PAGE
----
16 October, 2018   By: Wendy Caccetta

Gary Turk’s video urging people to look up from their mobile phone and live better lives hit a nerve - it's been viewed more than 600 million times. The man behind the internet hit was in Perth recently to partner with RAC in a life-saving message.

Five years ago English filmmaker Gary Turk’s former girlfriend, frustrated that he was paying more attention to his mobile phone than her, gave him a challenge which set his life on a course he never would have imagined.

The dare: go a day without your mobile phone.

Back in 2013 Turk admits he was one of the masses who had their faces buried in their screen 24-7.

“There were a few situations where my girlfriend would start to get annoyed,” he says. “We’d share in a funny moment and I’d end up taking a picture and sharing it before we could enjoy it together. 

“We were going out for a walk and I wouldn’t really be enjoying it with her. I’d be texting or posting. So she challenged me to see if I could go one day without my mobile phone," says Turk.

"It was only one day and it was easy to do because I knew I’d get my phone back the next day, but I immediately felt happier, high on life because I didn’t feel the need to post everything."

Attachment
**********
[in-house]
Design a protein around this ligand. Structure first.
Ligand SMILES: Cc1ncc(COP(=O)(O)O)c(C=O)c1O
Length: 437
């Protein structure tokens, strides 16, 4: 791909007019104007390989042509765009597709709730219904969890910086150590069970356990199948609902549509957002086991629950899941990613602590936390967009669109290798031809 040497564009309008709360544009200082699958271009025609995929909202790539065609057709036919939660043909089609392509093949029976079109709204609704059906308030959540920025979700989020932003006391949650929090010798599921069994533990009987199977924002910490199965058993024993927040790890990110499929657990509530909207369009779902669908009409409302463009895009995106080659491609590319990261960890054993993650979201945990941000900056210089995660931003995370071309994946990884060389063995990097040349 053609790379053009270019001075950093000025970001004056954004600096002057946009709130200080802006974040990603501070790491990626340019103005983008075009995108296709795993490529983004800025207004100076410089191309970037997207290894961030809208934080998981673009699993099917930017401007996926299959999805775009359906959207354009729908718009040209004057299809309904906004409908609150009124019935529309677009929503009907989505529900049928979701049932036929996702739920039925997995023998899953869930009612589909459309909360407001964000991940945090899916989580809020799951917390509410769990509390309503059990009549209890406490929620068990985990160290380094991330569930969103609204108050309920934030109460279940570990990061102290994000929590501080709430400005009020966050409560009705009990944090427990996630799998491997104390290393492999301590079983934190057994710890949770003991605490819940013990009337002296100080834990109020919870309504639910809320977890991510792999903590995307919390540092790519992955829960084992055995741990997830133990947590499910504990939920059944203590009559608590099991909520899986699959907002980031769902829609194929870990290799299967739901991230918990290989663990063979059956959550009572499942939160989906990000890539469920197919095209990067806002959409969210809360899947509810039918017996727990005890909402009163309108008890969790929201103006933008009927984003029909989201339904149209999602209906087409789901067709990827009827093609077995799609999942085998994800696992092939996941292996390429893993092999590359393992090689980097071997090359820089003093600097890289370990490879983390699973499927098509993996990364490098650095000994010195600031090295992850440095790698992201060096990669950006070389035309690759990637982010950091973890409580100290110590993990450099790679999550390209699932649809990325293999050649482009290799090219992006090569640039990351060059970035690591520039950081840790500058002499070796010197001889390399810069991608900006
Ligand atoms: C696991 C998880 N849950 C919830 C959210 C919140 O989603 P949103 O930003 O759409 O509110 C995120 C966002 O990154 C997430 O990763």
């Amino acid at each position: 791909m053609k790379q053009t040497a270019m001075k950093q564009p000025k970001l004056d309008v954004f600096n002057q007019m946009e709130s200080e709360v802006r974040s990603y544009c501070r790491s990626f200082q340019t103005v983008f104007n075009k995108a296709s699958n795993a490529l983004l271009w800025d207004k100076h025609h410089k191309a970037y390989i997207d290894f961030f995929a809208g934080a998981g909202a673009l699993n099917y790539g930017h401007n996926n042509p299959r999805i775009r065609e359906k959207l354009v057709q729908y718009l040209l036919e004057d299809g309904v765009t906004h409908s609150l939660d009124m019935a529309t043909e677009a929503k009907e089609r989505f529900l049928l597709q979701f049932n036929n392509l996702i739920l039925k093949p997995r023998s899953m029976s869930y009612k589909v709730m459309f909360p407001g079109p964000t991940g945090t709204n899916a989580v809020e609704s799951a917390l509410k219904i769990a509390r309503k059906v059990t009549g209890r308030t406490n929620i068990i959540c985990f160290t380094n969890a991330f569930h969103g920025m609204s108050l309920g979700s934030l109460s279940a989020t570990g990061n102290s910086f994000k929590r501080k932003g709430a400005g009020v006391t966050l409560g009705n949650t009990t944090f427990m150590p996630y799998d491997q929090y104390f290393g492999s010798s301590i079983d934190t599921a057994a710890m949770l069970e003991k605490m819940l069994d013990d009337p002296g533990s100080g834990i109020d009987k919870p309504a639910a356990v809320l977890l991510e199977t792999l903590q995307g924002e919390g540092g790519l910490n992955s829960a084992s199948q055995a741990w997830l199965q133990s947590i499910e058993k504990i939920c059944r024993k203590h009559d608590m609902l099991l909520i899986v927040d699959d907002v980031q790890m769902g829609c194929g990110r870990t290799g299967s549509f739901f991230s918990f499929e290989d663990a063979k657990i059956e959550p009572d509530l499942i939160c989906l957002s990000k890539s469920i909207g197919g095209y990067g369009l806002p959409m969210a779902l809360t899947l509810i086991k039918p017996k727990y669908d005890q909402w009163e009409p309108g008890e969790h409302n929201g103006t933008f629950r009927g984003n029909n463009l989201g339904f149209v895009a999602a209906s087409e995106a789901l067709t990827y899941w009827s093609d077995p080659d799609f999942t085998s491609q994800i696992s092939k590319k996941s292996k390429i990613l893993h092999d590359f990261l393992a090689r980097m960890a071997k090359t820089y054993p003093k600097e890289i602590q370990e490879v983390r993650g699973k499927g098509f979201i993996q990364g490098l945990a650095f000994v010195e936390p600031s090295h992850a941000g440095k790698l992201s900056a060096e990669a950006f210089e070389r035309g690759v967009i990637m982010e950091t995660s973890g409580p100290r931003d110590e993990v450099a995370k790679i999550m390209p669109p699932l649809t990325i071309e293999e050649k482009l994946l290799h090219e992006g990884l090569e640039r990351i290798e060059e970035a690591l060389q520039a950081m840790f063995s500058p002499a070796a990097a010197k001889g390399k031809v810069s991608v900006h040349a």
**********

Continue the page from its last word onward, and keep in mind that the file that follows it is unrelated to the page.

The lesson had been learned. Not being a slave to his screen freed Turk up to take in the world around him. What he saw was a sea of people all with their eyes fixed firmly on their phone screens.

“I felt I had more time, I had more attention to give to people, I had more connection and the weird thing was, it took me to get off my phone to see how much other people use theirs.”

An assistant film director working in the television and comedy industry in the UK, Turk wrote a poem about it, turned it into a five-minute film, using a cheap camera and with starring roles by his girlfriend, parents, brother, nephews and nieces.

Gary Turk sitting on a barrier at the beach
Gary Turk believes that technology should be used in moderation
   

It was the also the first time he had written a poem, which is the film’s narrative. Its lyrics encourage people to look up from their phone and computer screens and start living in the real world again:

Now the parks are so quiet, it gives me a chill
to see no children outside and the swings hanging still.